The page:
The city of London as in Q. Elisabeth's time
Surveyor: Stow, John
This map was engraved for Stow's Survey of 1755: the first detailed, comprehensive survey of the city. John Stow was a retired sailor who walked the streets of the city collecting information from records and residents of Georgian London.
The Thames is depicted dotted with boats, reflecting that river taxis were the main mode of transport in Elizabethan London. The impression is one of a lively prosperous capital. All nineteen piers of London Bridge are recorded. These made travel by river taxi dangerous as they causing congestion and turbulence that made it advisable cross the bridge on foot.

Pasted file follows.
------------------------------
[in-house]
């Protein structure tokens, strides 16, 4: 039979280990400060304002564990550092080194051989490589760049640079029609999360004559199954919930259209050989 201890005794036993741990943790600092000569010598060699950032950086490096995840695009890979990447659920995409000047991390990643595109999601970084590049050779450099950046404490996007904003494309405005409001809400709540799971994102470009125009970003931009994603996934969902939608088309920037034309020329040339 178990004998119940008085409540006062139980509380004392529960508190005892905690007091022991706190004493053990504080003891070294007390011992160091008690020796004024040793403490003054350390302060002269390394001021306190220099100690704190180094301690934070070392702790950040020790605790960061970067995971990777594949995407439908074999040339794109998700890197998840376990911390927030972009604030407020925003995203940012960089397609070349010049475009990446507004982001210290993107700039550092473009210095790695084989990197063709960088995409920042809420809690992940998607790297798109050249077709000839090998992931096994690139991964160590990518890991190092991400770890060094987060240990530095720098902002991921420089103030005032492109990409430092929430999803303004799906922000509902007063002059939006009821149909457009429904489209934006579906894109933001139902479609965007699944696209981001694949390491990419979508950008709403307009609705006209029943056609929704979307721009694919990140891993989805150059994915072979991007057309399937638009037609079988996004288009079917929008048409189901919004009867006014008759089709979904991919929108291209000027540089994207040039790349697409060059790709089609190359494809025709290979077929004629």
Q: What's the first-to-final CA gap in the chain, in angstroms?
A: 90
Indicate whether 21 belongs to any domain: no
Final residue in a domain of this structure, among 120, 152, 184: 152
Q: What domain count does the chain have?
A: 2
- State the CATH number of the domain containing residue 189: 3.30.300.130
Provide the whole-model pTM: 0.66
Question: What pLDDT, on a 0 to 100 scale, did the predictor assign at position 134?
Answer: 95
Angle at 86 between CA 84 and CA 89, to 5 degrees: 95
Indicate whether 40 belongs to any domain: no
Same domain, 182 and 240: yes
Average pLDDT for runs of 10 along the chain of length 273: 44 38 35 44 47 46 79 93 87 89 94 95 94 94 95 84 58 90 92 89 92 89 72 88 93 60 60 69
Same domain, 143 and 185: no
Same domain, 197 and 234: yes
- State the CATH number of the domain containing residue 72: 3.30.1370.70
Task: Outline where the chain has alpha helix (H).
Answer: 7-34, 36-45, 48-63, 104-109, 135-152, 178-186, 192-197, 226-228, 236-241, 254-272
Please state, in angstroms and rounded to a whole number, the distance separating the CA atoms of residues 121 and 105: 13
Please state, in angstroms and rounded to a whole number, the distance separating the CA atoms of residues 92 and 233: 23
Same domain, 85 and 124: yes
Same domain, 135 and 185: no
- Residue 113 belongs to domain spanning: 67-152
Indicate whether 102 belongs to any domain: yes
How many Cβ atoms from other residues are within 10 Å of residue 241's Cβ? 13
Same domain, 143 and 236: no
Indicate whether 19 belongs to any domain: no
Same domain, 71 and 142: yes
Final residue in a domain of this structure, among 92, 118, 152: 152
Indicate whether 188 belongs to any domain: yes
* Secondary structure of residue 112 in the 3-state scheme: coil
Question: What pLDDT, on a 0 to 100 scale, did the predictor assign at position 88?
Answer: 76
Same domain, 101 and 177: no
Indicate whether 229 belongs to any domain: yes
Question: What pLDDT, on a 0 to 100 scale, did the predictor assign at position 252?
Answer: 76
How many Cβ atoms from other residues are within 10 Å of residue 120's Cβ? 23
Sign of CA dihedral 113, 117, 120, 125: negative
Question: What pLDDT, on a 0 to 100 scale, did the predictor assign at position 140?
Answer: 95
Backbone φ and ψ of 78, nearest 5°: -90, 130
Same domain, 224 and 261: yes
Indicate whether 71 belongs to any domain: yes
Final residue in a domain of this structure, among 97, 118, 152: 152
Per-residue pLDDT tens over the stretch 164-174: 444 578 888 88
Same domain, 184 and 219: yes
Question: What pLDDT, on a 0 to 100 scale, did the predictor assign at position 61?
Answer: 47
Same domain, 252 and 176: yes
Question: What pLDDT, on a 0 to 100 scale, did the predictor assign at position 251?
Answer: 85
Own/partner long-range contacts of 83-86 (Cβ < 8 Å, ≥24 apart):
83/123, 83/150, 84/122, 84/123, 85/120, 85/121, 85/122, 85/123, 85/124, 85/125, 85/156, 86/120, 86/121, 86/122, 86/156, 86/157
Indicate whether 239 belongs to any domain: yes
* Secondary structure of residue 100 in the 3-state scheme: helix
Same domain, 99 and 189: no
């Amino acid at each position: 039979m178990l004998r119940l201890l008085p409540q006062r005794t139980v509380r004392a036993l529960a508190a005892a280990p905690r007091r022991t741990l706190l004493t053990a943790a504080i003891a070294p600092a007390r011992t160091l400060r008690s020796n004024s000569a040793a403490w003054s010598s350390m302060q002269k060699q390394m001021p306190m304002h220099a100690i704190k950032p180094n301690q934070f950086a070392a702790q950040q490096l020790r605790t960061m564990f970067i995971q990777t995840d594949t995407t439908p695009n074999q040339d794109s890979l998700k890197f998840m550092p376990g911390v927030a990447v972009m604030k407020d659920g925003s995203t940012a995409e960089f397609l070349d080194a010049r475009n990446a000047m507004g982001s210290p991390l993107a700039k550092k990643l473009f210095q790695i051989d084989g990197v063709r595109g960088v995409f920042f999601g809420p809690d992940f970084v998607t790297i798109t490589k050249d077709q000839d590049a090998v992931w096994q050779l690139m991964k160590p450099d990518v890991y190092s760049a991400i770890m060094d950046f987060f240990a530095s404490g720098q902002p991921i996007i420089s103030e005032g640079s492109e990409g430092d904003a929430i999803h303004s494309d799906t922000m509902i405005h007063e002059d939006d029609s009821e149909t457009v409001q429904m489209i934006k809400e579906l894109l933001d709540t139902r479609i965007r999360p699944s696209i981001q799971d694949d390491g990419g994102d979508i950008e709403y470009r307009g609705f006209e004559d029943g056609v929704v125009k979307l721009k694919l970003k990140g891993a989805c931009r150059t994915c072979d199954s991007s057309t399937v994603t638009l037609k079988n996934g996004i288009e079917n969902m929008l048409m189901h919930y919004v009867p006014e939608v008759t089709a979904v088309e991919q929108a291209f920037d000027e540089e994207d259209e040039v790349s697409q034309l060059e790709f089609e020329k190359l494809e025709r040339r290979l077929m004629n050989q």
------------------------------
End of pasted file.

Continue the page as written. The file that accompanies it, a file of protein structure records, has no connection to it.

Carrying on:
Three cranes are marked to the left of London Bridge. These were used to haul crates of wine up from. A tavern in Upper Thames St was named "Three Cranes in the Vintry" in their honour, and was frequented by the playwright Ben Jonson in the 16th Century.